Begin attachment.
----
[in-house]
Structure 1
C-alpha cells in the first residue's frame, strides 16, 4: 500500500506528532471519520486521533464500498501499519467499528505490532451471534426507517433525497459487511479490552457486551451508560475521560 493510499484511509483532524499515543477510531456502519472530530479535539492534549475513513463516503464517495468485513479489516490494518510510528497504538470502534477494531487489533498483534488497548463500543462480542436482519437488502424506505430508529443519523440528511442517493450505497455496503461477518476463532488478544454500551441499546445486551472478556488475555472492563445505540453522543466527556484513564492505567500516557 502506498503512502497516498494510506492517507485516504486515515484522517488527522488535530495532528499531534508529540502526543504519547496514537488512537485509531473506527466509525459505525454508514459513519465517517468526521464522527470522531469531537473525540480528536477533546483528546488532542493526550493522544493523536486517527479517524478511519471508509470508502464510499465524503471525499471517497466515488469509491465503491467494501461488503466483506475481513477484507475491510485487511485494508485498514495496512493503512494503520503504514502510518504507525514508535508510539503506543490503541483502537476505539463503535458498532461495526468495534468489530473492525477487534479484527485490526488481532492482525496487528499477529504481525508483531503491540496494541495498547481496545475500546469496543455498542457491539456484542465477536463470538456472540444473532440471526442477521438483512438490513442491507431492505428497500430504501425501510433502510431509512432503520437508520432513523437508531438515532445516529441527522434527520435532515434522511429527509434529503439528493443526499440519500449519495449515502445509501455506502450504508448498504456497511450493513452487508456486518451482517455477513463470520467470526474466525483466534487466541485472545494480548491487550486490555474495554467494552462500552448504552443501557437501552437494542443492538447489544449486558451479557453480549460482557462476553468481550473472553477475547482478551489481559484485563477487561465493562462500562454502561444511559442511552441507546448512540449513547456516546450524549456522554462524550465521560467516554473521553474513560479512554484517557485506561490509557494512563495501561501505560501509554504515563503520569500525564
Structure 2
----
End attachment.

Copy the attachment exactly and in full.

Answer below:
[in-house]
Structure 1
C-alpha cells in the first residue's frame, strides 16, 4: 500500500506528532471519520486521533464500498501499519467499528505490532451471534426507517433525497459487511479490552457486551451508560475521560 493510499484511509483532524499515543477510531456502519472530530479535539492534549475513513463516503464517495468485513479489516490494518510510528497504538470502534477494531487489533498483534488497548463500543462480542436482519437488502424506505430508529443519523440528511442517493450505497455496503461477518476463532488478544454500551441499546445486551472478556488475555472492563445505540453522543466527556484513564492505567500516557 502506498503512502497516498494510506492517507485516504486515515484522517488527522488535530495532528499531534508529540502526543504519547496514537488512537485509531473506527466509525459505525454508514459513519465517517468526521464522527470522531469531537473525540480528536477533546483528546488532542493526550493522544493523536486517527479517524478511519471508509470508502464510499465524503471525499471517497466515488469509491465503491467494501461488503466483506475481513477484507475491510485487511485494508485498514495496512493503512494503520503504514502510518504507525514508535508510539503506543490503541483502537476505539463503535458498532461495526468495534468489530473492525477487534479484527485490526488481532492482525496487528499477529504481525508483531503491540496494541495498547481496545475500546469496543455498542457491539456484542465477536463470538456472540444473532440471526442477521438483512438490513442491507431492505428497500430504501425501510433502510431509512432503520437508520432513523437508531438515532445516529441527522434527520435532515434522511429527509434529503439528493443526499440519500449519495449515502445509501455506502450504508448498504456497511450493513452487508456486518451482517455477513463470520467470526474466525483466534487466541485472545494480548491487550486490555474495554467494552462500552448504552443501557437501552437494542443492538447489544449486558451479557453480549460482557462476553468481550473472553477475547482478551489481559484485563477487561465493562462500562454502561444511559442511552441507546448512540449513547456516546450524549456522554462524550465521560467516554473521553474513560479512554484517557485506561490509557494512563495501561501505560501509554504515563503520569500525564
Structure 2